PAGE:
GNU Astronomy Utilities

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7.3.4 Adding new columns to MakeCatalog

MakeCatalog is designed to allow easy addition of different measurements over a labeled image (see Akhlaghi [2016]). A check-list style description of necessary steps to do that is described in this section. The common development characteristics of MakeCatalog and other Gnuastro programs is explained in Developing. We strongly encourage you to have a look at that chapter to greatly simplify your navigation in the code. After adding and testing your column, you are most welcome (and encouraged) to share it with us so we can add to the next release of Gnuastro for everyone else to also benefit from your efforts.

MakeCatalog will first pass over each label’s pixels two times and do necessary raw/internal calculations. Once the passes are done, it will use the raw information for filling the final catalog’s columns. In the first pass it will gather mainly object information and in the second run, it will mainly focus on the clumps, or any other measurement that needs an output from the first pass. These two passes are designed to be raw summations: no extra processing. This will allow parallel processing and simplicity/clarity. So if your new calculation, needs new raw information from the pixels, then you will need to also modify the respective mkcatalog_first_pass and mkcatalog_second_pass functions (both in bin/mkcatalog/mkcatalog.c) and define new raw table columns in main.h (hopefully the comments in the code are clear enough).

In all these different places, the final columns are sorted in the same order (same order as Invoking MakeCatalog). This allows a particular column/option to be easily found in all steps. Therefore in adding your new option, be sure to keep it in the same relative place in the list in all the separate places (it doesn’t necessarily have to be in the end), and near conceptually similar options.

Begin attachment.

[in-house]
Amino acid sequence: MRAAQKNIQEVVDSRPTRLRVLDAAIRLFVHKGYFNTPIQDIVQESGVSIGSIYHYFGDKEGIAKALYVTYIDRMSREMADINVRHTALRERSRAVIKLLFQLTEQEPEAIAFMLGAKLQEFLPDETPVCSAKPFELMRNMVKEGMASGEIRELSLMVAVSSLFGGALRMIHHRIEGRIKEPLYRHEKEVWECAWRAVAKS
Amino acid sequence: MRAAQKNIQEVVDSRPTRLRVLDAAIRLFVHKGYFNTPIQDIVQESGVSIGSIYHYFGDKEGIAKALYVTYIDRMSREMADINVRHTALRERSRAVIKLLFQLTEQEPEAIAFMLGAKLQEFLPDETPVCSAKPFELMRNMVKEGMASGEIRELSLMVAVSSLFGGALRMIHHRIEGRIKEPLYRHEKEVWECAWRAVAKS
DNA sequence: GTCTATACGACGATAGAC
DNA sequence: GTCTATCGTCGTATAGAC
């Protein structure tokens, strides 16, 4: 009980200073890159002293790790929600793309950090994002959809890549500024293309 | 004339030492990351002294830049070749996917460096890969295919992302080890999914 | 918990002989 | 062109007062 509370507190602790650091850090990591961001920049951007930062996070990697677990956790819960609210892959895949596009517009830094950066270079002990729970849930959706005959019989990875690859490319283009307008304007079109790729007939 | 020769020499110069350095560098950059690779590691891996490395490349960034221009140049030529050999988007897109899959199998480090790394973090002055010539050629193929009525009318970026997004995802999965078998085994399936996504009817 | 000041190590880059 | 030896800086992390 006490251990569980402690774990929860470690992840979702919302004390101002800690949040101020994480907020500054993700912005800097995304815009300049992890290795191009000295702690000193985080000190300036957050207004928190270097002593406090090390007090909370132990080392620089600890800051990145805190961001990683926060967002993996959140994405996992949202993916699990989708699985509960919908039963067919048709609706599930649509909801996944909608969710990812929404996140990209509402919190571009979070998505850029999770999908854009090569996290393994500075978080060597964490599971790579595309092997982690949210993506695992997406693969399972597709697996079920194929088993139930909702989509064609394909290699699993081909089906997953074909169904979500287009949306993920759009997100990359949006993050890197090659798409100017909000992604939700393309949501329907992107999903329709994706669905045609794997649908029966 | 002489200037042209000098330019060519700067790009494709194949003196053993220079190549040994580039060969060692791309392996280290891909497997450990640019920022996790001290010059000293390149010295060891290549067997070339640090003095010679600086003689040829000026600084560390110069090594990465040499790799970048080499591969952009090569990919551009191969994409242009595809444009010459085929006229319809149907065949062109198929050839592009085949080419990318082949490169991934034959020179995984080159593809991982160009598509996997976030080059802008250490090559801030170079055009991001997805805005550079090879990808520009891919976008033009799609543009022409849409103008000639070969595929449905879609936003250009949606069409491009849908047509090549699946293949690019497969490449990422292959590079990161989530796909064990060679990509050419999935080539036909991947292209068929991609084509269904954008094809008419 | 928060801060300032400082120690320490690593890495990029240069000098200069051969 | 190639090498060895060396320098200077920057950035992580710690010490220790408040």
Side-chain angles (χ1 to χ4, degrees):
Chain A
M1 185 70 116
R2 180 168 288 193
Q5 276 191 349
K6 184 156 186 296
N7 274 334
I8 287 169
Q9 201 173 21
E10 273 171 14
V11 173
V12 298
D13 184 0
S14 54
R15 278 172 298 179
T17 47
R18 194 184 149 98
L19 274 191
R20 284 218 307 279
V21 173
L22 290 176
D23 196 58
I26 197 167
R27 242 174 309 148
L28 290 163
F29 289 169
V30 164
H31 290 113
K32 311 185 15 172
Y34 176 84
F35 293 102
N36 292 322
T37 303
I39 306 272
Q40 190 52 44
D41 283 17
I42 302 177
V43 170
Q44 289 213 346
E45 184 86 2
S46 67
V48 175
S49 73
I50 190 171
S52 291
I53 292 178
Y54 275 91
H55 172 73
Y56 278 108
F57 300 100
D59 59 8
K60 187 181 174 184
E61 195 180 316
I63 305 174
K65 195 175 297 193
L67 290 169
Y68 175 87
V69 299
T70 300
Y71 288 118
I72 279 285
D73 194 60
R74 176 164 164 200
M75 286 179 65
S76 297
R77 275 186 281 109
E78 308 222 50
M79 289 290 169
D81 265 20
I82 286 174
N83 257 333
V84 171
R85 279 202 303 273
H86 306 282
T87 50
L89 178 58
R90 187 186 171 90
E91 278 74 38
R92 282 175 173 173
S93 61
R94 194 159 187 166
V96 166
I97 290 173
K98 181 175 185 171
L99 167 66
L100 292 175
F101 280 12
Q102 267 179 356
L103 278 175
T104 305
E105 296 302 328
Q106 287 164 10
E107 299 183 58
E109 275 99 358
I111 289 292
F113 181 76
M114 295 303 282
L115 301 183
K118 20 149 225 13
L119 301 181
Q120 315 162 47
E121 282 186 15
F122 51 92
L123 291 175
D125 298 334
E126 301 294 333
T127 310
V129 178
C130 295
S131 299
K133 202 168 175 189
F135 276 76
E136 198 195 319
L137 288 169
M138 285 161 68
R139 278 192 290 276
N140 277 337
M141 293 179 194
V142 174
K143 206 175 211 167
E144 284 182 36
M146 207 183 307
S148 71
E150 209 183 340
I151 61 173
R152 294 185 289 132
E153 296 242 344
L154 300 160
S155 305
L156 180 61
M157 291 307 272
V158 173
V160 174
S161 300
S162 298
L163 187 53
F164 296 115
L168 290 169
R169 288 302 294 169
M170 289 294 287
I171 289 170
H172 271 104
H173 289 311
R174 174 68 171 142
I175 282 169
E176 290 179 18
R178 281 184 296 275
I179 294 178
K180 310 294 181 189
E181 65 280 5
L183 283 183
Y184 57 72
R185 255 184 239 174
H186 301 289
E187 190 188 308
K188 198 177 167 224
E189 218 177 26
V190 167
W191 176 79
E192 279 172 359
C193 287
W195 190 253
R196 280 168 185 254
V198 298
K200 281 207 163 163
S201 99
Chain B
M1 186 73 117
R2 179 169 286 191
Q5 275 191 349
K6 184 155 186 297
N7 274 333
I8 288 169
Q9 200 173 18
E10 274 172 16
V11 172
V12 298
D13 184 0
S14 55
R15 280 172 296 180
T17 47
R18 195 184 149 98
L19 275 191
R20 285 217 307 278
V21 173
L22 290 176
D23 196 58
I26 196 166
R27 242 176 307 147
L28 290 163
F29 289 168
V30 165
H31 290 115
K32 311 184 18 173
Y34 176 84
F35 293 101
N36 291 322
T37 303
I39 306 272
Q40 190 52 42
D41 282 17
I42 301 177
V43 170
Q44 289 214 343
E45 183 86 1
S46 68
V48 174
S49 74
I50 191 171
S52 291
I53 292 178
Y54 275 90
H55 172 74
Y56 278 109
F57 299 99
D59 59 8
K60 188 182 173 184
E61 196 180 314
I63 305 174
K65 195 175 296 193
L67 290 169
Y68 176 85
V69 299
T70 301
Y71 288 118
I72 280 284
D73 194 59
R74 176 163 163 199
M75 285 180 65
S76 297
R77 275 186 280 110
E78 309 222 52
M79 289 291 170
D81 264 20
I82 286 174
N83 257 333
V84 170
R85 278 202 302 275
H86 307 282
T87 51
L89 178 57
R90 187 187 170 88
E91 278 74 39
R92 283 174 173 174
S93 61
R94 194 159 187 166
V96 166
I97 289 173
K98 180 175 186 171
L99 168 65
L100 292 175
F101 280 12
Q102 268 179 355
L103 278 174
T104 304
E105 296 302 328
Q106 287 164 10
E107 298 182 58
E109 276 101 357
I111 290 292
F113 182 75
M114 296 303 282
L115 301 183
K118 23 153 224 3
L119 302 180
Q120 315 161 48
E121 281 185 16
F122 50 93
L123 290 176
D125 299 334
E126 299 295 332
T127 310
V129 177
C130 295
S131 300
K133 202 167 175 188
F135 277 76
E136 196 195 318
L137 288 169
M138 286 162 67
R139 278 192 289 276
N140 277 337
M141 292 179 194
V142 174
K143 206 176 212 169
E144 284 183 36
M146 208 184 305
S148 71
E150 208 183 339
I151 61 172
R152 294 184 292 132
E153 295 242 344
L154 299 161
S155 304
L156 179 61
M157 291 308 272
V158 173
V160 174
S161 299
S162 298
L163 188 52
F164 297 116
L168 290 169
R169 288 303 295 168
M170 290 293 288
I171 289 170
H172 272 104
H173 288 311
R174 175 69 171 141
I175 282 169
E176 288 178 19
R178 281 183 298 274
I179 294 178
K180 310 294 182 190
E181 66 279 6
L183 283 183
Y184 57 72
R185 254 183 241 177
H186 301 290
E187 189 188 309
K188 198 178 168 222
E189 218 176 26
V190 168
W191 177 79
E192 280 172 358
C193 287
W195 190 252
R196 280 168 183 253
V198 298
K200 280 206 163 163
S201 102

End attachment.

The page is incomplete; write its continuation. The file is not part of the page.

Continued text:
The objectcols and clumpcols enumerated variables (enum) define the raw/internal calculation columns. If your new column requires new raw calculations, add a row to the respective list. If your calculation requires any other settings parameters, you should add a variable to the mkcatalogparams structure.


The option_keys_enum associates a unique value for each option to MakeProfiles. The options that have a short option version, the single character short comment is used for the value. Those that don’t have a short option version, get a large integer automatically. You should add a variable here to identify your desired column.


This file specifies all the parameters for the GNU C library, Argp structure that is in charge of reading the user’s options. To define your new column, just copy an existing set of parameters and change the first, second and 5th values (the only ones that differ between all the columns), you should use the macro you defined in ui.h here.


If your column includes any particular settings (you added a variable to the mkcatalogparams structure in main.h), you should do the sanity checks and preparations for it here. Otherwise, you can ignore this file.


This file will contain the main definition and high-level calculation of your new column through the columns_define_alloc and columns_fill functions. In the first, you specify the basic information about the column: its name, units, comments, type (see Numeric data types) and how it should be printed if the output is a text file. You should also specify the raw/internal columns that are necessary for this column here as the many existing examples show. Through the types for objects and rows, you can specify if this column is only for clumps, objects or both.

The second main function (columns_fill) writes the final value into the appropriate column for each object and clump. As you can see in the many existing examples, you can define your processing on the raw/internal calculations here and save them in the output.


As described before, this file contains the two main MakeCatalog work-horses: mkcatalog_first_pass and mkcatalog_second_pass, their names are descriptive enough and their internals are also clear and heavily commented.

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